A Carroll County circuit judge declared a mistrial yesterday in an attempted murder case because defense attorneys played an illegally obtained tape recording in front of the jury.
The tape -- a loud, angry phone conversation between Richard Seater "Scott" Craigie and his wife, Patricia -- was recorded last summer through the wall that divided the Craigies' apartment from the home of their landlords, Philip Stephen Malpas and Barbara Van Rossum.
A few days later, Mr. Malpas was charged with attempted murder, assault with intent to murder and related charges after Mr. Craigie was shot in the back during an argument about a dinette set Ms. Van Rossum was holding as collateral for an unpaid utility bill.
During Mr. Malpas' trial this week, his attorney, former Carroll County State's Attorney Thomas E. Hickman, tried to use his client's tape to show that Mr. Craigie had a violent temper, thereby giving the defendant reason to be afraid of him.
Mr. Hickman had been arguing that Mr. Malpas was defending himself and the apartment in the 1600 block of Sams Creek Road when he shot Mr. Craigie was shot Aug. 8.
However, in an informal opinion submitted Wednesday, the Maryland attorney general's office advised that Mr. Malpas' recording of his tenant's phone conversation was prohibited under the state's wiretapping statutes.
"Furthermore neither the contents of any intercepted oral communication nor any evidence derived from it may be received in evidence in any trial or official proceeding," wrote Deputy Attorney General Carmen M. Shepard.
Therefore, If the tape was used in the trial and Mr. Malpas was convicted, the decision likely would be overturned in an appeal to the Maryland Court of Appeals, Deputy State's Attorney Martha Ann Sitterding argued yesterday.
"Four days out of my life, the jurors' lives, all of our lives, have been lost and cannot be returned," Judge Raymond E. Beck Sr. said yesterday. "For that reason, it is with a great deal of regret that I grant the state's motion."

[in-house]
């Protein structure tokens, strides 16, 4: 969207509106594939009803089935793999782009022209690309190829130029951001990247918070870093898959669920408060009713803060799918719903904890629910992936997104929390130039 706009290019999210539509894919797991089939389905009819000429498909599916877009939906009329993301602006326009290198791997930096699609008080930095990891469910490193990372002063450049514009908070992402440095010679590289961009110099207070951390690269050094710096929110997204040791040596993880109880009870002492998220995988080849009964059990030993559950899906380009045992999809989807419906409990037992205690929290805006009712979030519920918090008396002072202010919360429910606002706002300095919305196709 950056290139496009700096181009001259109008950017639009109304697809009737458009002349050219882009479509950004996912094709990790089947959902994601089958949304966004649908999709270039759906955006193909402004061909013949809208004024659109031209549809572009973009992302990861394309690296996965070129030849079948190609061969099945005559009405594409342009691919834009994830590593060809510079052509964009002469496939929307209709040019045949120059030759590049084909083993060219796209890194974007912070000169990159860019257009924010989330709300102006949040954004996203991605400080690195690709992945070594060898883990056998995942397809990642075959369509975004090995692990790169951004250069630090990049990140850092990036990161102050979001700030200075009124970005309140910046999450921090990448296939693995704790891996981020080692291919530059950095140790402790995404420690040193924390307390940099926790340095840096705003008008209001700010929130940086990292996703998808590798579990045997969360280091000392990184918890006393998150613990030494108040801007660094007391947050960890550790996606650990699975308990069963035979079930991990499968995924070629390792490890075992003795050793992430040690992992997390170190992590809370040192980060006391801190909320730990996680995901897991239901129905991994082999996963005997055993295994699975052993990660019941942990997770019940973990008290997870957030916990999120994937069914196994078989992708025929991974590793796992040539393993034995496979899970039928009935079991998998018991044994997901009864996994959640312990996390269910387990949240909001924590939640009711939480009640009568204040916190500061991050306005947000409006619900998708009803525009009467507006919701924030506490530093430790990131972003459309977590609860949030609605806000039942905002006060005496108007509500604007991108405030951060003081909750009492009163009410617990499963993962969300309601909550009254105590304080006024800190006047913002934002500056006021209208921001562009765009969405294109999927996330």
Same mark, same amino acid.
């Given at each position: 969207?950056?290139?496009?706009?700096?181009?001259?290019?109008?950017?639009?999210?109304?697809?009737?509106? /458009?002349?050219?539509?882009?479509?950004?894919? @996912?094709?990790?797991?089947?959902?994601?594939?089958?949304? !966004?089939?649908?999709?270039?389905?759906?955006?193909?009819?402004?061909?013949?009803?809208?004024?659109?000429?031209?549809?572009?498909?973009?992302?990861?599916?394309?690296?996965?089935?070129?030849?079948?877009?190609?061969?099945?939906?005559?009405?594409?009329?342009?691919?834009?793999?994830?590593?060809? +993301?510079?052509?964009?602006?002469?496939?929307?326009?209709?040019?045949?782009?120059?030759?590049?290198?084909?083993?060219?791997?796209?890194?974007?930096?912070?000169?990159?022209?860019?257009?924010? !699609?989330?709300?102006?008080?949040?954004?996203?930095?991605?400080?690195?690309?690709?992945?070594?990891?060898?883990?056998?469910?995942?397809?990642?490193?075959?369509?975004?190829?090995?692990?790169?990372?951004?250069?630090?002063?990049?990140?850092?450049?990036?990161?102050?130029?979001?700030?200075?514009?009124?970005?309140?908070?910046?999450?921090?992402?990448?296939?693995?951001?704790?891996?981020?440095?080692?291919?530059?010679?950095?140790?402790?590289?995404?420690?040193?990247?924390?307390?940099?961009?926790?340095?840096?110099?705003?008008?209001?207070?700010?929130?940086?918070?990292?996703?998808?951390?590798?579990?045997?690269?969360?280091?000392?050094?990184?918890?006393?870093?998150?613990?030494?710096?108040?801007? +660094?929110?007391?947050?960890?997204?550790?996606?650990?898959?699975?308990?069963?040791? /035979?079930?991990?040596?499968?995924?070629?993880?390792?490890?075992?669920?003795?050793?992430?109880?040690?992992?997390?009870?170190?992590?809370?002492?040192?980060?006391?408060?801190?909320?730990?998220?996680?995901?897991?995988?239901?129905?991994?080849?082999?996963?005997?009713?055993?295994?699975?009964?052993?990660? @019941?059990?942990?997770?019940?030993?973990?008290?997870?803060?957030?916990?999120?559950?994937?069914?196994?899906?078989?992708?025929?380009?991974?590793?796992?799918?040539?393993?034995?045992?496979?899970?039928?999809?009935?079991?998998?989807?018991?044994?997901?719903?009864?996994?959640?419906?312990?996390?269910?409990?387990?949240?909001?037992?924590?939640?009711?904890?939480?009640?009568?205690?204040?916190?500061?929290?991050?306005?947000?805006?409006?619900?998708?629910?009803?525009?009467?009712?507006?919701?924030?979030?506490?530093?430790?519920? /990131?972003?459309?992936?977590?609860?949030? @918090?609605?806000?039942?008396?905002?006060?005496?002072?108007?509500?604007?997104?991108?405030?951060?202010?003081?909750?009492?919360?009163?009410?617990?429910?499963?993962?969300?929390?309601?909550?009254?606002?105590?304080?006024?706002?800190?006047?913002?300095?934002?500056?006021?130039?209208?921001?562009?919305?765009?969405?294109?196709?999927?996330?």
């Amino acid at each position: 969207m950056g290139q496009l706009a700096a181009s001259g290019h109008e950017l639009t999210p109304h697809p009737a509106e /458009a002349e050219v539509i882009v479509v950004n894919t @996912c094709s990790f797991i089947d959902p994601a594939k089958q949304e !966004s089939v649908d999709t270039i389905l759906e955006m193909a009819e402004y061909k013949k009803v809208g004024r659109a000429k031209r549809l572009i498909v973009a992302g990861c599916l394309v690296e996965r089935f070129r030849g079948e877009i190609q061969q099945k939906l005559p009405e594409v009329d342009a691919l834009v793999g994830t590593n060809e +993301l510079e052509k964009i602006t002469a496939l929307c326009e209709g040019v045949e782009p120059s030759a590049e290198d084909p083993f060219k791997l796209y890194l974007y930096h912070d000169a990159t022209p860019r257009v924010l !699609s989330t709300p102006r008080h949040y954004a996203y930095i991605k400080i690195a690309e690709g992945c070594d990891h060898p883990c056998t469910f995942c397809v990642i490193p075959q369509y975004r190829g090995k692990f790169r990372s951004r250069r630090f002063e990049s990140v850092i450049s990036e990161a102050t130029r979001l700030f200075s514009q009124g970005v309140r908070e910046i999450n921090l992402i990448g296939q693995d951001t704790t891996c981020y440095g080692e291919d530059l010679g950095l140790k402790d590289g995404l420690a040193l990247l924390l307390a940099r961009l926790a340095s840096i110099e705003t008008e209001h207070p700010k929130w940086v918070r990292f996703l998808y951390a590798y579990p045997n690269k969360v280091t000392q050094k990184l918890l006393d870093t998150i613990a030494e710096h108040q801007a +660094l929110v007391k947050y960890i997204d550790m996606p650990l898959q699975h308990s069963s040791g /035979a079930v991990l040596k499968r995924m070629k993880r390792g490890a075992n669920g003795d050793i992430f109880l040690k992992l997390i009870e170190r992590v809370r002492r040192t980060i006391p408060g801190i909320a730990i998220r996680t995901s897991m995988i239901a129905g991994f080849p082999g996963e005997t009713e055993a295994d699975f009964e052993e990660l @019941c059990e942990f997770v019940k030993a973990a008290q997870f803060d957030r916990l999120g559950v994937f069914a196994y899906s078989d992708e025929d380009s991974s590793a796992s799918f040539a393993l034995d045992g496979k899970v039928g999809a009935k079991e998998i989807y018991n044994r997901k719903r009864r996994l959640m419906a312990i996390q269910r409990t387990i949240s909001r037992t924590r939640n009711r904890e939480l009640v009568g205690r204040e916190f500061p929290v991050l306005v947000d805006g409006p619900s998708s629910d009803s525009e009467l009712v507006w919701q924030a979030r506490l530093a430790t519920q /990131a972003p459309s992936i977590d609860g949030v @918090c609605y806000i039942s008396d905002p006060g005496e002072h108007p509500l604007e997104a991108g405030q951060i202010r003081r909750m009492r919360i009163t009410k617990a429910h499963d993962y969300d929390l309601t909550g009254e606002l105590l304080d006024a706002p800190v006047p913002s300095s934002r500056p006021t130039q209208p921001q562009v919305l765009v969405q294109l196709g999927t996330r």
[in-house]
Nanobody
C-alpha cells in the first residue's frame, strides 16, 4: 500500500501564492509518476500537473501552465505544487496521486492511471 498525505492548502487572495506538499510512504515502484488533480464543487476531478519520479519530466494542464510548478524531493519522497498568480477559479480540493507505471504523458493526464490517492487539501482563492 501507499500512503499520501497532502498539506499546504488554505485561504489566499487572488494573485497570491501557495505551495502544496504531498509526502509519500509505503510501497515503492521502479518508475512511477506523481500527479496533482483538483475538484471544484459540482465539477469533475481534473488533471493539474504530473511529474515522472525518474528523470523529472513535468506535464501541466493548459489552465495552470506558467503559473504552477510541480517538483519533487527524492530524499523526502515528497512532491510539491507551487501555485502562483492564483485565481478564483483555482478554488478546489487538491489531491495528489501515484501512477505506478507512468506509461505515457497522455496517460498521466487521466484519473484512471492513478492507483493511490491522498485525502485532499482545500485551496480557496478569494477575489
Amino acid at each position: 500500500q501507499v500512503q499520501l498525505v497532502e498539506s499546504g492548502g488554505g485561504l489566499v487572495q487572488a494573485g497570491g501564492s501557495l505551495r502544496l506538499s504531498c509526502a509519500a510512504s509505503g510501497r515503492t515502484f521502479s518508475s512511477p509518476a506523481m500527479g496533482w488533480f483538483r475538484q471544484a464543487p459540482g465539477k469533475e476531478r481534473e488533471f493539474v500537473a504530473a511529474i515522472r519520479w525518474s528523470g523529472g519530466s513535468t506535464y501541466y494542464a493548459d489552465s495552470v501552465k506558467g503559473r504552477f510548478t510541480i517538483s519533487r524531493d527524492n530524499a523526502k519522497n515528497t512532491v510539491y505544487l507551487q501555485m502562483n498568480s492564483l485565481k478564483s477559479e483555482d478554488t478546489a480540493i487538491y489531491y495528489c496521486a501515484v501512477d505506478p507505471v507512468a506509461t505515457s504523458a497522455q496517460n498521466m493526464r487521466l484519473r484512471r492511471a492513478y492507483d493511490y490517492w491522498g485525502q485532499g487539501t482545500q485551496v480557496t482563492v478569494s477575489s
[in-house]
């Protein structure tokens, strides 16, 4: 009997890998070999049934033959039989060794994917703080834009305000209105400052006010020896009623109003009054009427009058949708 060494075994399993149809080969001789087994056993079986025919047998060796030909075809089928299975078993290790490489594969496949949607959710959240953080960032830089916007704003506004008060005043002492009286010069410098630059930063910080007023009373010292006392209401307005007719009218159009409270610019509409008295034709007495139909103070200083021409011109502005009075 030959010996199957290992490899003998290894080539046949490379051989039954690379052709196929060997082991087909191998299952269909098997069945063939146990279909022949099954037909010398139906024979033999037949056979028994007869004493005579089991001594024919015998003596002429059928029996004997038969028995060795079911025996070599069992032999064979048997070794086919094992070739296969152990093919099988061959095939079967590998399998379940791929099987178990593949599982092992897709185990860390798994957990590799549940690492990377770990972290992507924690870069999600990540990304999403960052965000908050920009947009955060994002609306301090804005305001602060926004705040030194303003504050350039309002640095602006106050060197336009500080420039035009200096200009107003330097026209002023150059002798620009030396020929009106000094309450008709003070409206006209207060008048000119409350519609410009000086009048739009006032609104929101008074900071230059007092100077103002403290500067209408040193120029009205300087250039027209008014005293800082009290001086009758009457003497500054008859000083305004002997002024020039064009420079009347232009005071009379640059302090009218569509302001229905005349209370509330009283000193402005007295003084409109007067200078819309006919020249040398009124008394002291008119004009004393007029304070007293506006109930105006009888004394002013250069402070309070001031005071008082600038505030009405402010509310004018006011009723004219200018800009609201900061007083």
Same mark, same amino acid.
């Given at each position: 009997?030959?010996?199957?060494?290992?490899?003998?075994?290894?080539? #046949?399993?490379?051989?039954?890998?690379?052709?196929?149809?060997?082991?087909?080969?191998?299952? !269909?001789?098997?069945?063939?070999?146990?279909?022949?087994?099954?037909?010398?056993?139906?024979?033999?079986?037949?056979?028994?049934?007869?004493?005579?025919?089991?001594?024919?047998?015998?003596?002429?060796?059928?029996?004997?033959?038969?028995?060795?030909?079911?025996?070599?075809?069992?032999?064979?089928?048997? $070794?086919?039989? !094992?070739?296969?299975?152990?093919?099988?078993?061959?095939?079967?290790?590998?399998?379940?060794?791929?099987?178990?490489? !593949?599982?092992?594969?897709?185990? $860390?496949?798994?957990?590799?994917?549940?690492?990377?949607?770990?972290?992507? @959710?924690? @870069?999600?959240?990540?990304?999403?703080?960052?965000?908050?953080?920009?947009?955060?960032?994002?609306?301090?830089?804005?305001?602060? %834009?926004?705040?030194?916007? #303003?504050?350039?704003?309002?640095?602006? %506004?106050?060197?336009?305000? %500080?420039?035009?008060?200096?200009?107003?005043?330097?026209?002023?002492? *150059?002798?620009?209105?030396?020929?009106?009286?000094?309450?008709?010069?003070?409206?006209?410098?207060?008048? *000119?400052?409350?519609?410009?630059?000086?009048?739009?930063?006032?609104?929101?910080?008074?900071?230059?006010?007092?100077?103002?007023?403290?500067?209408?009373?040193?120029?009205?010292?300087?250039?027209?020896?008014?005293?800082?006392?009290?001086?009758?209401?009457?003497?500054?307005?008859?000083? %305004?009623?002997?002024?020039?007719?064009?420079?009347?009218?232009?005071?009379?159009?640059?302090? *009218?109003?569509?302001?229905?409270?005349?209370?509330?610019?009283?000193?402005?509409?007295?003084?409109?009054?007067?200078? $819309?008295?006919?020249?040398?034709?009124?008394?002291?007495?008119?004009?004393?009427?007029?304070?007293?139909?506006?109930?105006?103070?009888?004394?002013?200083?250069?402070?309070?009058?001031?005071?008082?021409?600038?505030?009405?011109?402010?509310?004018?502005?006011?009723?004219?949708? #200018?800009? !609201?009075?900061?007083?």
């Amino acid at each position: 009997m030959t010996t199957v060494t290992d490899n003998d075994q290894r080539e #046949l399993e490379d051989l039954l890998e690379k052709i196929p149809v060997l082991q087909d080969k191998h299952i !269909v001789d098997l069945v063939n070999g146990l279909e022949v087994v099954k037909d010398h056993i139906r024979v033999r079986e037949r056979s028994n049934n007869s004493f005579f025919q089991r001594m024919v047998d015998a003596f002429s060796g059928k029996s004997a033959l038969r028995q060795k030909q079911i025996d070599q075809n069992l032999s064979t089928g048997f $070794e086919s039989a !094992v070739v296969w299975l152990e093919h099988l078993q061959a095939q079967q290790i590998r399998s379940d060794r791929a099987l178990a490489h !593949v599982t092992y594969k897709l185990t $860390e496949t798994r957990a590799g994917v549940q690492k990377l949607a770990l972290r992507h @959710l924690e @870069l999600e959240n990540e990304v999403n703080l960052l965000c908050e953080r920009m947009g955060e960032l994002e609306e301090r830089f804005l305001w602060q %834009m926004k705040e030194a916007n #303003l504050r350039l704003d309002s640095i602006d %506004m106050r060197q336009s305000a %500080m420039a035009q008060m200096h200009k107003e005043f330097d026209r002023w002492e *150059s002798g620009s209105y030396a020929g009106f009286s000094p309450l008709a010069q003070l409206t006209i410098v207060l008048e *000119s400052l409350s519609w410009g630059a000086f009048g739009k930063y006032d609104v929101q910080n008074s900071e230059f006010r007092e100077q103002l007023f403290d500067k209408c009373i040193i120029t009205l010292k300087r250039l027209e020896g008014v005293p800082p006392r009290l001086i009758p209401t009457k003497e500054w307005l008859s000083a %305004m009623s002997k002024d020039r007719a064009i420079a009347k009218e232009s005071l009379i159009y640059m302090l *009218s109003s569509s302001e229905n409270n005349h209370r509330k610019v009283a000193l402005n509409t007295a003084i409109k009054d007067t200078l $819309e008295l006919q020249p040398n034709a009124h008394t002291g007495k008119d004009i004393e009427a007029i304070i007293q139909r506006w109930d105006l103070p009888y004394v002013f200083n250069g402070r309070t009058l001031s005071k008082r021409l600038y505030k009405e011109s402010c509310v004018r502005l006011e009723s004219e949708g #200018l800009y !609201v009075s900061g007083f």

Ms. Sitterding, who said the state will schedule another trial for Mr. Malpas, agreed with Judge Beck's decision yesterday.
"The court made the only decision it possibly could," Ms. Sitterding said. "The decision was made when Mr. Hickman pushed the button [on the tape recorder]."
Mr. Hickman, however, still contended that the tape was made legally, arguing that Mr. Craigie couldn't expect any privacy because he was yelling during the phone conversation with his wife.
"We think that it's a really close call whether this was in any way an oral interception," Mr. Hickman said after Judge Beck declared the mistrial. "There is no case that we know of that deals with this exact set of circumstances. We're very disappointed from that aspect."
Yesterday's formal motion was the third time that Ms. Sitterding had asked for a mistrial since the tape was played during Mr. Hickman's cross-examination of Mr. Craigie on Tuesday.
At that time, Mr. Hickman -- who played the tape without any explanation about where it came from -- argued that he merely wanted to use the recording to prove that Mr. Craigie was lying when he said he rarely used certain obscenities while speaking to his wife.
Although Judge Beck denied Tuesday's motion for a mistrial, he did reprimand Mr. Hickman for suddenly playing the tape -- a copy of the original recording Mr. Malpas had made in his home -- without explaining its significance. "How do we know [the tape] wasn't taken out of context?" Judge Beck said Tuesday after he sent the jury to lunch. "How do we know you didn't audit it, edit it or speed it up?"
Pub Date: 3/08/96